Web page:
Meeting the Needs of our Migrant Neighbors

October 17, 2022  |  by Cody Gohl   |  

Over the past few months, thousands of migrants have been bussed to New York City from the states of Texas and Arizona. Our friends at United Way of New York City estimate that nearly 19,000 migrants have arrived, 75 percent of whom have entered the city’s shelter system. These numbers are only expected to grow over the coming months, posing our city with the ultimate question: How do we rise up to serve and protect our new neighbors?  

For community members like Teresa Concepcion (founder of “The Red Door Place,” a Food Bank member pantry in Manhattan), the answer to that question has been developing itself in real time.  

“A month ago, I was put in contact with a shelter in Brooklyn that was drowning,” she recently told us. “They had begun to house 200 new arrivals, including 12 large families, many of whom had family members that were ill and needed assistance, including a set of twins on dialysis and chemo. In a matter of moments, we struck up an agreement and I began sending them what non-perishable food items and resources I had.”  

Teresa (above) was quick to point out that this is a Women and Children’s shelter, which means that fathers are not permitted to stay with their families. When asked where they would have to go instead, she explained that many would turn to the streets, in yet another form of separation for those that have already been through so much.  

How does she know this? Because word has spread fast that The Red Door Place is a safe space to receive food and these fathers have been visiting her weekly food distributions.  

“They are always very cautious when they first approach us,” she says. “They usually come in small groups and ask what kind of paperwork they need to visit the pantry. It takes a while to explain that they don’t need paperwork, that they can get the food they need for free without worry.”  

While Teresa is determined to continue supporting her newest clients, she admits that the strain on her resources is overwhelming. “Even before these new folks started visiting the pantry, our regular visitors had gone up from 400 to 650 a week. When you add in the migrant visitors, the numbers have nearly doubled in the span of a month and a half.”  

To fill in the gaps, she has leaned on a network of supporters and nurses in the neighborhood to provide her with the extra diapers, menstrual products, birth control, toiletries, and personal hygiene essentials these families need. But even with all this extra support, she knows it’s only a band-aid solution.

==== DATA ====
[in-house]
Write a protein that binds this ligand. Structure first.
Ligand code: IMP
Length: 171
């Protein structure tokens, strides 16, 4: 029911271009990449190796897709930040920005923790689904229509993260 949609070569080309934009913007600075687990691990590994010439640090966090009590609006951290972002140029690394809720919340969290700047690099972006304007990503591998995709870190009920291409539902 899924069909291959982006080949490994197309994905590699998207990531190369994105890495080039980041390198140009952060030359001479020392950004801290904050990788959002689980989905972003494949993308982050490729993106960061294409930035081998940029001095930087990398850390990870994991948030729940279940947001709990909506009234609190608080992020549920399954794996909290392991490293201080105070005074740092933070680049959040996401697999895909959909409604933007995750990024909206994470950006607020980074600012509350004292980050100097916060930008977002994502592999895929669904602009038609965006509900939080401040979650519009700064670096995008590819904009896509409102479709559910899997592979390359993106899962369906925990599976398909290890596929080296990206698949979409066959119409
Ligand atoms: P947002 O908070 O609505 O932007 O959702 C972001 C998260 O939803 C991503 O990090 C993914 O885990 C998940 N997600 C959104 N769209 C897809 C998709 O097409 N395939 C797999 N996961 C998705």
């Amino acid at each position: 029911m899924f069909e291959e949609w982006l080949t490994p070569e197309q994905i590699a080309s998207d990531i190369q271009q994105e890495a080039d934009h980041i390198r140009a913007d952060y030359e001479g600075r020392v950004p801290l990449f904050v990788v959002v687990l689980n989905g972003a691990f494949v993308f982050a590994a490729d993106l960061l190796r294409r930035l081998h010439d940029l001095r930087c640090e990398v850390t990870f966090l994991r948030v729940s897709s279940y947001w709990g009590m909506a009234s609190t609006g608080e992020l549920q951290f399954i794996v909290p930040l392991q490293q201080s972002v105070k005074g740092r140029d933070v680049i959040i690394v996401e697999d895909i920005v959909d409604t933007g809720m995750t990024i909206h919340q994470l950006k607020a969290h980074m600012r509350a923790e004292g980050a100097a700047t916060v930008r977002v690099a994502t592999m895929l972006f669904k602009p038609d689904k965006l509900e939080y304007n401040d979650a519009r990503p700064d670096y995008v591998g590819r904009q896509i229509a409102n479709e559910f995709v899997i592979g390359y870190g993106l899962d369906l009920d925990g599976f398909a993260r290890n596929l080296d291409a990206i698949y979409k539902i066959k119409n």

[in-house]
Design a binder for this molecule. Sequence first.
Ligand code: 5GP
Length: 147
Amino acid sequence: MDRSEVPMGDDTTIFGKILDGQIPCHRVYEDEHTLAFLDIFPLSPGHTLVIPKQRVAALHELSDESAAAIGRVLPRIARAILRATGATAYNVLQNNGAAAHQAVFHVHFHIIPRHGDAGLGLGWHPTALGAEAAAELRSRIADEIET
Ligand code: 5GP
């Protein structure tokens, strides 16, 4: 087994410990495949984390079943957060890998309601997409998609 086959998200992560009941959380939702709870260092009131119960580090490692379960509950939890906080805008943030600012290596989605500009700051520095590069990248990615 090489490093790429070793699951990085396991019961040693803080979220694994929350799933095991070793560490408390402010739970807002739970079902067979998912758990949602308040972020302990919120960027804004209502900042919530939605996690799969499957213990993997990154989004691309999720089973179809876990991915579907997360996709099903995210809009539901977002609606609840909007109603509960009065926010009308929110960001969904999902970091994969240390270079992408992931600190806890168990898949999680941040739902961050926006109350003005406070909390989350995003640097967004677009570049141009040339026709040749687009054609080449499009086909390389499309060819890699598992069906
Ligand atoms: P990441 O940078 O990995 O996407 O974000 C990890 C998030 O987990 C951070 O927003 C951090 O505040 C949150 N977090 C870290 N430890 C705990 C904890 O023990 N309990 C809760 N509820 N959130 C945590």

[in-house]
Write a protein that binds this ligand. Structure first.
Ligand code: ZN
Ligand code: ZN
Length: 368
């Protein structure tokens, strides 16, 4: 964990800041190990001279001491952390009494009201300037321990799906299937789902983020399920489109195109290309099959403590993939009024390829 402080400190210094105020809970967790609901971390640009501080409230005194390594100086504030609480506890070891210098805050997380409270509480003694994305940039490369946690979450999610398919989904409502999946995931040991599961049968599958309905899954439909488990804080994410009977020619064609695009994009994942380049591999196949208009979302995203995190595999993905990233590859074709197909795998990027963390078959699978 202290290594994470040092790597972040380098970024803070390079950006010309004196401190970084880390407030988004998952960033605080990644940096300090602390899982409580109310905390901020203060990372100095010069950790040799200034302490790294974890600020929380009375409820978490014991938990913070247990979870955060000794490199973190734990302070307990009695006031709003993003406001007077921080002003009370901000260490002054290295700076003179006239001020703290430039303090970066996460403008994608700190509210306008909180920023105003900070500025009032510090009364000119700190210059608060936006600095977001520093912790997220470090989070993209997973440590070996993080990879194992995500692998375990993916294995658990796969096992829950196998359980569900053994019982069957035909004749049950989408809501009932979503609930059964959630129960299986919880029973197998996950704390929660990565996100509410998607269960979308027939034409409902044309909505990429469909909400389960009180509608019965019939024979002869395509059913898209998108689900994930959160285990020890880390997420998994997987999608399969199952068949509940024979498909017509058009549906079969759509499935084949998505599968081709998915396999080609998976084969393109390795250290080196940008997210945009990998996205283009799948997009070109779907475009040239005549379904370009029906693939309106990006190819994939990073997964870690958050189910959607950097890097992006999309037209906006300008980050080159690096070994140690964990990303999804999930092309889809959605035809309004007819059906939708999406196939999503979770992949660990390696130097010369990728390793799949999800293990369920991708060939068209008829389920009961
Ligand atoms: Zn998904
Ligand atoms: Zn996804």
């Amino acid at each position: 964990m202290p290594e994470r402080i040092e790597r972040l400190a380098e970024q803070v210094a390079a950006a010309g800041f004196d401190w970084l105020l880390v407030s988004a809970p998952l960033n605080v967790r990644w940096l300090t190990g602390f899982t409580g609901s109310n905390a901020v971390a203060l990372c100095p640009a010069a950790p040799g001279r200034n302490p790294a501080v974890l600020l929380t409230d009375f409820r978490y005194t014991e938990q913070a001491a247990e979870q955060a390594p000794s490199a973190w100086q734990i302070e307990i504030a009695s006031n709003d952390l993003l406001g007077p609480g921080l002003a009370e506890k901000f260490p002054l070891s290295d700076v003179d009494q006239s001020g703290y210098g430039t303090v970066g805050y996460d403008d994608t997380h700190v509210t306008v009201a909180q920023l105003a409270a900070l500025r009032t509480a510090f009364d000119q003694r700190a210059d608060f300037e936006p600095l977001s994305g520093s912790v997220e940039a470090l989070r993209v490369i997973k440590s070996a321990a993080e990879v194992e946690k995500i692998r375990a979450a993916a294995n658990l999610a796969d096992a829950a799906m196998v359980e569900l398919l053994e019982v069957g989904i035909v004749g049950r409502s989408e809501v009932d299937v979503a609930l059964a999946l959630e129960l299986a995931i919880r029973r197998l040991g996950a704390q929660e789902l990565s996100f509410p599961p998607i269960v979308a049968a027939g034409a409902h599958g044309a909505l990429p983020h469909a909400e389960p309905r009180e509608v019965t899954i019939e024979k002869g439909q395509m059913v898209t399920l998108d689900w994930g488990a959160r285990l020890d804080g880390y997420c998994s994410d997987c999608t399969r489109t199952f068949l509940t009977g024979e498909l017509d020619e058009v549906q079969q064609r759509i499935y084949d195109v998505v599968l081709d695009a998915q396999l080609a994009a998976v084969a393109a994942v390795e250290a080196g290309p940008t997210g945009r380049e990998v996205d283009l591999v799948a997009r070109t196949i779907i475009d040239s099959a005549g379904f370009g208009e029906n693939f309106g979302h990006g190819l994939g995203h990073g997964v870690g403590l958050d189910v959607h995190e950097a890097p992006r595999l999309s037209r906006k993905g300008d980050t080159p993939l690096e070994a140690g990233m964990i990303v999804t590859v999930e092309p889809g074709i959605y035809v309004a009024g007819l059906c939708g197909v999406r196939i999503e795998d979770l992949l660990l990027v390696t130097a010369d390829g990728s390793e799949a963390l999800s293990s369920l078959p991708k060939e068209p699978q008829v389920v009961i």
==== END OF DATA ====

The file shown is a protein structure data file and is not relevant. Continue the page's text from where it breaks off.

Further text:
“Now my mind goes to winter,” she explains. “How are we going to keep all of these people warm? I usually manage to give my regular clients a coat and gloves each year, but I don’t know if I’ll be able to do that for the growing number of migrants my program is supporting. I don’t want to turn anyone away, but don’t know what to do.”  

When asked about the new arrivals visiting her pantry, Teresa says they are just “shell-shocked.”  

“They are going day to day, that is the only way to describe how they’re making it through right now. They’re literally just thinking of the moment. They’re not even angry yet – they're scared and lost.”  

To make her point, Teresa shared an anecdote about a young migrant woman staying at the shelter. She had not been feeling well, but had been hesitant to talk to the shelter director. Eventually, it turned out that she was pregnant and worried that admitting that might cause her to lose her housing. As Teresa commented: “How bad does it have to be – how scared do you have to be – not to admit something like that? 

Mayor Eric Adams himself announced earlier this month that we are in a state of emergency and must move quickly to support new arrivals to our city. It is vital that they are housed, that they are fed, that they are made to feel safe and welcome in their new home.  

We at Food Bank are proud to provide food and other resources to community members like Teresa who are on the ground fighting to do just that. Times of crisis test us all, and it’s everyday folks like Teresa and her team at The Red Door Place that remind us of how powerful we can be when we rise up together.  

For more on how YOU can uplift our city’s newest neighbors, click this link. Your generosity will help us provide crucial food items to the New Yorkers that need it most.

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